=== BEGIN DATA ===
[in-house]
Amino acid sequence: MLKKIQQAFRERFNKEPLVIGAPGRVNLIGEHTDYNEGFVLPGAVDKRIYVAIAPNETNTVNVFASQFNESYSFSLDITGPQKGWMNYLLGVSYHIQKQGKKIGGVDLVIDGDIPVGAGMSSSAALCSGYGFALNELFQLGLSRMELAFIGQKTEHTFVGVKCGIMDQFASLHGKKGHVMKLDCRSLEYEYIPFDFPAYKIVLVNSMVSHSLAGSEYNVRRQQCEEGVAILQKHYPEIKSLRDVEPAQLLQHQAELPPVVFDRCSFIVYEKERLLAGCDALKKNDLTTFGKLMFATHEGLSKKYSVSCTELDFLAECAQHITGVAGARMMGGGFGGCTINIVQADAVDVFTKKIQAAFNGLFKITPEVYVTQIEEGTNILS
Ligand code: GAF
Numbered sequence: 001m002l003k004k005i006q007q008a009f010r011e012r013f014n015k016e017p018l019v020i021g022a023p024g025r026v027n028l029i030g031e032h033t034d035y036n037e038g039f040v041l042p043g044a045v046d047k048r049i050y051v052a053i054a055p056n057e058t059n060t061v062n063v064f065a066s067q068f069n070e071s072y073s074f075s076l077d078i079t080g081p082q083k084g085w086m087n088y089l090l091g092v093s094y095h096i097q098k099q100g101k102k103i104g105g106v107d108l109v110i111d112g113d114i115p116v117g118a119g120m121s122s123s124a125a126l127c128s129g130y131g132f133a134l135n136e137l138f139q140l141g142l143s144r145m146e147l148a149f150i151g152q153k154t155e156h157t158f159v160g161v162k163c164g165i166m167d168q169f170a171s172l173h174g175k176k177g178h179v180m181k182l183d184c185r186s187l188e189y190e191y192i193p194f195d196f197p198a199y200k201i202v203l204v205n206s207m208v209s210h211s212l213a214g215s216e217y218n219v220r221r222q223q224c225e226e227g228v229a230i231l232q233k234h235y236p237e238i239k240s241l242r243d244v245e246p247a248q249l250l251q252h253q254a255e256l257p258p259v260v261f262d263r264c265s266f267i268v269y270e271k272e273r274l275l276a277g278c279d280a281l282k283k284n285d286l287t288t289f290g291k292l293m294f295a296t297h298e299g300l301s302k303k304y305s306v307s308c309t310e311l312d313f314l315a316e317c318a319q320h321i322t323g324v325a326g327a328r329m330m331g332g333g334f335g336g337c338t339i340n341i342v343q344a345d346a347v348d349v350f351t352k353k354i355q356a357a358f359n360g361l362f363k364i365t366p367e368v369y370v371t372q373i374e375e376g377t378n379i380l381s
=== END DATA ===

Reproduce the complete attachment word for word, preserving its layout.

[in-house]
Amino acid sequence: MLKKIQQAFRERFNKEPLVIGAPGRVNLIGEHTDYNEGFVLPGAVDKRIYVAIAPNETNTVNVFASQFNESYSFSLDITGPQKGWMNYLLGVSYHIQKQGKKIGGVDLVIDGDIPVGAGMSSSAALCSGYGFALNELFQLGLSRMELAFIGQKTEHTFVGVKCGIMDQFASLHGKKGHVMKLDCRSLEYEYIPFDFPAYKIVLVNSMVSHSLAGSEYNVRRQQCEEGVAILQKHYPEIKSLRDVEPAQLLQHQAELPPVVFDRCSFIVYEKERLLAGCDALKKNDLTTFGKLMFATHEGLSKKYSVSCTELDFLAECAQHITGVAGARMMGGGFGGCTINIVQADAVDVFTKKIQAAFNGLFKITPEVYVTQIEEGTNILS
Ligand code: GAF
Numbered sequence: 001m002l003k004k005i006q007q008a009f010r011e012r013f014n015k016e017p018l019v020i021g022a023p024g025r026v027n028l029i030g031e032h033t034d035y036n037e038g039f040v041l042p043g044a045v046d047k048r049i050y051v052a053i054a055p056n057e058t059n060t061v062n063v064f065a066s067q068f069n070e071s072y073s074f075s076l077d078i079t080g081p082q083k084g085w086m087n088y089l090l091g092v093s094y095h096i097q098k099q100g101k102k103i104g105g106v107d108l109v110i111d112g113d114i115p116v117g118a119g120m121s122s123s124a125a126l127c128s129g130y131g132f133a134l135n136e137l138f139q140l141g142l143s144r145m146e147l148a149f150i151g152q153k154t155e156h157t158f159v160g161v162k163c164g165i166m167d168q169f170a171s172l173h174g175k176k177g178h179v180m181k182l183d184c185r186s187l188e189y190e191y192i193p194f195d196f197p198a199y200k201i202v203l204v205n206s207m208v209s210h211s212l213a214g215s216e217y218n219v220r221r222q223q224c225e226e227g228v229a230i231l232q233k234h235y236p237e238i239k240s241l242r243d244v245e246p247a248q249l250l251q252h253q254a255e256l257p258p259v260v261f262d263r264c265s266f267i268v269y270e271k272e273r274l275l276a277g278c279d280a281l282k283k284n285d286l287t288t289f290g291k292l293m294f295a296t297h298e299g300l301s302k303k304y305s306v307s308c309t310e311l312d313f314l315a316e317c318a319q320h321i322t323g324v325a326g327a328r329m330m331g332g333g334f335g336g337c338t339i340n341i342v343q344a345d346a347v348d349v350f351t352k353k354i355q356a357a358f359n360g361l362f363k364i365t366p367e368v369y370v371t372q373i374e375e376g377t378n379i380l381s